HOUSTON, Jan. 29, 2009 At every university, there are faculty members who inspire their peers and make permanent marks on their students. Few, however, manage to maintain superior research, reputations and relationships with the longevity and consistency of the University of Houston's professor Dan Luss.
Luss, whose legacy will be honored this week at a dinner and lecture series marking his 70th birthday, has spent more than four decades researching and teaching chemical engineering at UH's Cullen College of Engineering.
"There is no greater satisfaction than being honored by your colleagues, especially as this will be a very distinguished group," Luss said. "It is also very pleasing to be able to meet many ex-students, many of whom have come from out of town, and to find out about their achievements and accomplishments."
Luss' colleagues two of them his former students say he's a tireless mentor and natural leader.
Luss, who led UH's chemical engineering department for more than 20 years, laid the foundation to make the program one of the best in the nation, according to professor Ramanan Krishnamoorti, who today heads up the department, which now also covers biomolecular engineering.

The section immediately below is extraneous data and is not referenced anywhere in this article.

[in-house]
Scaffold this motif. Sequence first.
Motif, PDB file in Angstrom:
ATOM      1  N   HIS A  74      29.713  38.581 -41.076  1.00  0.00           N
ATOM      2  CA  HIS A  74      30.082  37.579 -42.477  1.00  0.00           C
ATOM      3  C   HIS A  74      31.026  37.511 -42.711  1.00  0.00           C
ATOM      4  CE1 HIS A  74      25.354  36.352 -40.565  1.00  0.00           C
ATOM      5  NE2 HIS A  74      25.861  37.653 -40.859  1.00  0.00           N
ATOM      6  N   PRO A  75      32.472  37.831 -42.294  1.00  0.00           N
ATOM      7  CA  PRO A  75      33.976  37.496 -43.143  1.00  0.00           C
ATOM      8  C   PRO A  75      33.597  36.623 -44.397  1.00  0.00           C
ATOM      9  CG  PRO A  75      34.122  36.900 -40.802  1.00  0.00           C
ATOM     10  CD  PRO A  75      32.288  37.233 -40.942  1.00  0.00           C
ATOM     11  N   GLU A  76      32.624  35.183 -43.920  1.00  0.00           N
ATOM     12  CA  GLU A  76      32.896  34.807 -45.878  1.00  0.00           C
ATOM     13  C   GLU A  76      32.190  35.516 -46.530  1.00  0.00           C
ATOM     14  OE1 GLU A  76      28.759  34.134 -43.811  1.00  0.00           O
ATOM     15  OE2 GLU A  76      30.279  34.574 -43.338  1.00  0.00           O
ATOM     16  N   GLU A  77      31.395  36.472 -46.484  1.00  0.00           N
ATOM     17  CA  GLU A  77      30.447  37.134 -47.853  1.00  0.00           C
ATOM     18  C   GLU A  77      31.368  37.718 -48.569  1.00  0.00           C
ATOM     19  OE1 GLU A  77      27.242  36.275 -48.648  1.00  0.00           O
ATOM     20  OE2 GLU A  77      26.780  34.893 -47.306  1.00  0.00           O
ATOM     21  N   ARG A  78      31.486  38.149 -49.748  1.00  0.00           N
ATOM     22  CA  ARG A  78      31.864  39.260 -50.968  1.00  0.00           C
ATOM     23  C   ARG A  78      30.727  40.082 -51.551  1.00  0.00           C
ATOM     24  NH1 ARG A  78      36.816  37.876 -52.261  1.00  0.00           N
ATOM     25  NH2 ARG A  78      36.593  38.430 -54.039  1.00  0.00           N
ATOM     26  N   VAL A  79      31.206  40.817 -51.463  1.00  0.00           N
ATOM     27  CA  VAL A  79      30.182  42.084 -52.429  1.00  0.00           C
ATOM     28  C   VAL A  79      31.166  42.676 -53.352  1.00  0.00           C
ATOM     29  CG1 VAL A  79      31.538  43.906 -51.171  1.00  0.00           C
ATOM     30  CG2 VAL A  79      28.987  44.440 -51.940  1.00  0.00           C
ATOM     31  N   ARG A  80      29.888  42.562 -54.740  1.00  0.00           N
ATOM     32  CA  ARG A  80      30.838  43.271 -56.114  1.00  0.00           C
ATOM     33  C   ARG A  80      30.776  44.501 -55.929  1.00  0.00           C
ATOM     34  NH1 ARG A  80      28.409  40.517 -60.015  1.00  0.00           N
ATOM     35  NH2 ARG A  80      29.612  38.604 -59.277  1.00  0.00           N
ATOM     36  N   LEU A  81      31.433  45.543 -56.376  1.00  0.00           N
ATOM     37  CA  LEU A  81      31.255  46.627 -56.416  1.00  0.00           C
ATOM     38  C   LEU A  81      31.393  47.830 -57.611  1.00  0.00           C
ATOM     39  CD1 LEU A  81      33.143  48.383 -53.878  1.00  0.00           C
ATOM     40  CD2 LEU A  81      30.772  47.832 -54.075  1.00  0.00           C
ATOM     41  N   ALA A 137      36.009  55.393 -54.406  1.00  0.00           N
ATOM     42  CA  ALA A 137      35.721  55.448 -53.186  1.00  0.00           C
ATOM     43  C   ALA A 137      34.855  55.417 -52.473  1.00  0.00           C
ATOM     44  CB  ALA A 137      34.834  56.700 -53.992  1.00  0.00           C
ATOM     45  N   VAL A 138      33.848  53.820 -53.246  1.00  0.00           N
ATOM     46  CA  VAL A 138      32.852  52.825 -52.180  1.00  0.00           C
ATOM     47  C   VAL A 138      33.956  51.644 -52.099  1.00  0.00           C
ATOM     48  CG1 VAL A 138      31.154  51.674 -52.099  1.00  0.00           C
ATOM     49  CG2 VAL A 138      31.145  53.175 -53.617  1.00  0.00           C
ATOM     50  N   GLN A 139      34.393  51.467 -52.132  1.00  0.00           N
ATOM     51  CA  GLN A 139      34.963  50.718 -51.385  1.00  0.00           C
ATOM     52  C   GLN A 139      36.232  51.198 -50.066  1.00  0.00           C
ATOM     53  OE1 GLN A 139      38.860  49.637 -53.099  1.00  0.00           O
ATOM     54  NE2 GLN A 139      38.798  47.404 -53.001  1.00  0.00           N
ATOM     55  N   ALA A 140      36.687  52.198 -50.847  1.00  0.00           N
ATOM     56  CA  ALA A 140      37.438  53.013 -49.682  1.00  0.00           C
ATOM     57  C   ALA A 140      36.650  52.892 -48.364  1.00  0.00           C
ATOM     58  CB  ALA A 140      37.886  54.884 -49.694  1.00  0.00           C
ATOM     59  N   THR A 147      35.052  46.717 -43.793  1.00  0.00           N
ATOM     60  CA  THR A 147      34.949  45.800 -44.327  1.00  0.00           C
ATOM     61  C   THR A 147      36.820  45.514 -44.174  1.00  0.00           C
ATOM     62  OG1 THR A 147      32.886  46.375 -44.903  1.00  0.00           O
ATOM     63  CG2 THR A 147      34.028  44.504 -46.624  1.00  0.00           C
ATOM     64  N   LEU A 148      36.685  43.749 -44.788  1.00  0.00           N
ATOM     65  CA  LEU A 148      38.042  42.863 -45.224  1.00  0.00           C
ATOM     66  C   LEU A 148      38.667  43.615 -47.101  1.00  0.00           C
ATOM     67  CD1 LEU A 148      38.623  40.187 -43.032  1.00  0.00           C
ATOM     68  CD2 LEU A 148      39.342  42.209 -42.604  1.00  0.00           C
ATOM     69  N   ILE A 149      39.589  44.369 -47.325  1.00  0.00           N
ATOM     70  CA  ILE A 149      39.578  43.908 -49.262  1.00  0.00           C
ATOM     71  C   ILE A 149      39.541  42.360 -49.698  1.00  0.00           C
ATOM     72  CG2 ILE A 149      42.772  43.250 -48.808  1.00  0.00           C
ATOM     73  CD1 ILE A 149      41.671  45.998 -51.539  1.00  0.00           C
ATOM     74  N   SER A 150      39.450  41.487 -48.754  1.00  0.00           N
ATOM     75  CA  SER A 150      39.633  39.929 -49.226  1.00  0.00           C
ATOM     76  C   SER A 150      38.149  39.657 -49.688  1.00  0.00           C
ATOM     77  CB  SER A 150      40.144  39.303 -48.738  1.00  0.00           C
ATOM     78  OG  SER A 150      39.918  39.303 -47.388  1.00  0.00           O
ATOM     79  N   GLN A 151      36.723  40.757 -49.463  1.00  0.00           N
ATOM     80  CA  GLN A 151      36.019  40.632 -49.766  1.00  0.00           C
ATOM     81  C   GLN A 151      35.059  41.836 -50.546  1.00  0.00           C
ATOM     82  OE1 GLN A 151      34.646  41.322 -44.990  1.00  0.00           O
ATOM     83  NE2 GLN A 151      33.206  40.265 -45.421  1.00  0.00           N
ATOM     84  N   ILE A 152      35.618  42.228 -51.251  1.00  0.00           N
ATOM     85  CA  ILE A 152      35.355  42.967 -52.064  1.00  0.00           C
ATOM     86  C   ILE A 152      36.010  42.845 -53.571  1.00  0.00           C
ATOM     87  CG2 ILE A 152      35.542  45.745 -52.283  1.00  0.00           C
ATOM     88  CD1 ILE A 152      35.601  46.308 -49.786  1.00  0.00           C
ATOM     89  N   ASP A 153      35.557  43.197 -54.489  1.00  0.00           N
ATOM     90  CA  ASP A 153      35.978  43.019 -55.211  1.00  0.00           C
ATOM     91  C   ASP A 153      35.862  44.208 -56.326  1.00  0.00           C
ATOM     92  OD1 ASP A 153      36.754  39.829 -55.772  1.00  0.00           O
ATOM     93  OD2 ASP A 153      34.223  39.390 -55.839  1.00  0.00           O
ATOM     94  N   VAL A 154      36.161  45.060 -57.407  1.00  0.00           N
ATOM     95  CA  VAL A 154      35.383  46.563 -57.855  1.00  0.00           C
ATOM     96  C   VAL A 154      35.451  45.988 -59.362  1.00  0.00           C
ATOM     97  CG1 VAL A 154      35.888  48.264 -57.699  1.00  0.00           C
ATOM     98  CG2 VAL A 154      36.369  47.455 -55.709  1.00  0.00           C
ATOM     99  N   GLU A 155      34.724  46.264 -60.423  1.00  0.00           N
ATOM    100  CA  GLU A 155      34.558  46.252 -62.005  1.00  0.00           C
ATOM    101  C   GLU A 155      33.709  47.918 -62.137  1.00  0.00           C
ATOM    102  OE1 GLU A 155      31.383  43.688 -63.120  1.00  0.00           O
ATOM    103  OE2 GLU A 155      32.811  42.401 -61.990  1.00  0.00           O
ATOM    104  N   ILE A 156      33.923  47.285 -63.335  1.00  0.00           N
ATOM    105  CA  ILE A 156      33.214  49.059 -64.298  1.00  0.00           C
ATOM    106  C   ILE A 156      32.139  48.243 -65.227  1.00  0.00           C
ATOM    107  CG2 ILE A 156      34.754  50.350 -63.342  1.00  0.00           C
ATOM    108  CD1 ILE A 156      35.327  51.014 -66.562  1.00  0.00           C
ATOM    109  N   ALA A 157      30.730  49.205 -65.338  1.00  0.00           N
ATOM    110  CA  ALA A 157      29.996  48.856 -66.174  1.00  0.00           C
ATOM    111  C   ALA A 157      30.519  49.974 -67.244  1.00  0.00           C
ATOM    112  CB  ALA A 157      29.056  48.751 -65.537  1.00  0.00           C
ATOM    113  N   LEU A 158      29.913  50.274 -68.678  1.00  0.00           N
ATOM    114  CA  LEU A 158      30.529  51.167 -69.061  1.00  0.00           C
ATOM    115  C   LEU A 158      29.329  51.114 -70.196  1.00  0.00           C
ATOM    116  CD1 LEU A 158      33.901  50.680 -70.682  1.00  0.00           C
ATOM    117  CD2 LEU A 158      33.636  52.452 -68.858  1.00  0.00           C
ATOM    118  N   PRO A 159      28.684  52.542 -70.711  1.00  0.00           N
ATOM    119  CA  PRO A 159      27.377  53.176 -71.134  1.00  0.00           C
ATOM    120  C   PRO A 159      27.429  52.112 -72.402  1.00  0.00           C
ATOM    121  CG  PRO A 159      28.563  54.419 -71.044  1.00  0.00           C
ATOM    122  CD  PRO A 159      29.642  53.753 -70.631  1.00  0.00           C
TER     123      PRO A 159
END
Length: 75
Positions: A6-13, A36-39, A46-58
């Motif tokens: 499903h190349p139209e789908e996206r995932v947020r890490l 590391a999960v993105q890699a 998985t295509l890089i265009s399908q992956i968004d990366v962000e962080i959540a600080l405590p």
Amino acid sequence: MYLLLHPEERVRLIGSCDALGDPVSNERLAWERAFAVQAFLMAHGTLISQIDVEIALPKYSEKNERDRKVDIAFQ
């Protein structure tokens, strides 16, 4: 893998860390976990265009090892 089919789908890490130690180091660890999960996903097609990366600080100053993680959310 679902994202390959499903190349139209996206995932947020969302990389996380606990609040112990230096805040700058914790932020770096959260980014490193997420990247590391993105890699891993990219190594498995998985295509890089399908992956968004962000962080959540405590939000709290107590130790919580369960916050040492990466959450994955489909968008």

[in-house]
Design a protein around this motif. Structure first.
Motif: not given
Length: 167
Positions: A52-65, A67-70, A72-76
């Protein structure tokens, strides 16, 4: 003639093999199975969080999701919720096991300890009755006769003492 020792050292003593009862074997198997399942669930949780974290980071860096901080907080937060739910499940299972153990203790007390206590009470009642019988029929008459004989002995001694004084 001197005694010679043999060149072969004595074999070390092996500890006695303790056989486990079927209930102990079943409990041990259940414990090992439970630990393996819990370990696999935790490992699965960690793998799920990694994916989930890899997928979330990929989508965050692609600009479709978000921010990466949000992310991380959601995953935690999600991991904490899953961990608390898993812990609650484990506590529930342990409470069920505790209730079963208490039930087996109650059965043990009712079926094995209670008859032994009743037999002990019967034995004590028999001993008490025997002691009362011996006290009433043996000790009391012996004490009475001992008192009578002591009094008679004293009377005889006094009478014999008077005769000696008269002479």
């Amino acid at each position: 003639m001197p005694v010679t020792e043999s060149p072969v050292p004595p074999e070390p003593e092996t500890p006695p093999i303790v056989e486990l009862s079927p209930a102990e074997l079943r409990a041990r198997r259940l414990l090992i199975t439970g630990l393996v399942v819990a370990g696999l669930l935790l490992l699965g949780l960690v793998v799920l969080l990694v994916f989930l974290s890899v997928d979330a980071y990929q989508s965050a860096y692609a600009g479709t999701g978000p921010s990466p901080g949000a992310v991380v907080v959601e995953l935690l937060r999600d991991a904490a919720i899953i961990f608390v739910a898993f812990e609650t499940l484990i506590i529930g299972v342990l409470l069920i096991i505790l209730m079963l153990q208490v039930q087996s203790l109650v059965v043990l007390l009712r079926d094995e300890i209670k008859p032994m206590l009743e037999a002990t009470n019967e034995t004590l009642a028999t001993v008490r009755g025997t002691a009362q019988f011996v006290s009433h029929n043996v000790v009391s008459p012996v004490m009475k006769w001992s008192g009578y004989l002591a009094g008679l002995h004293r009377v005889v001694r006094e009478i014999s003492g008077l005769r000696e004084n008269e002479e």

"Much like his research, Dan has not feared to ask hard questions and challenge the accepted ideas in building a great academic program," Krishnamoorti said. "And these insightful introspections have created the legacy of the research, students and an academic department that reflect the ideals that he has brought to bear amongst several generations of UH students, faculty and the chemical engineering community."
Luss waxes poetic when describing the evolution of the department throughout his tenure at UH.
"When I look back, I realize that we are like a phoenix that magical bird that periodically is consumed by fire, rising renewed from the ashes to start a new and more active life," he said. "Our research intere
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University of Houston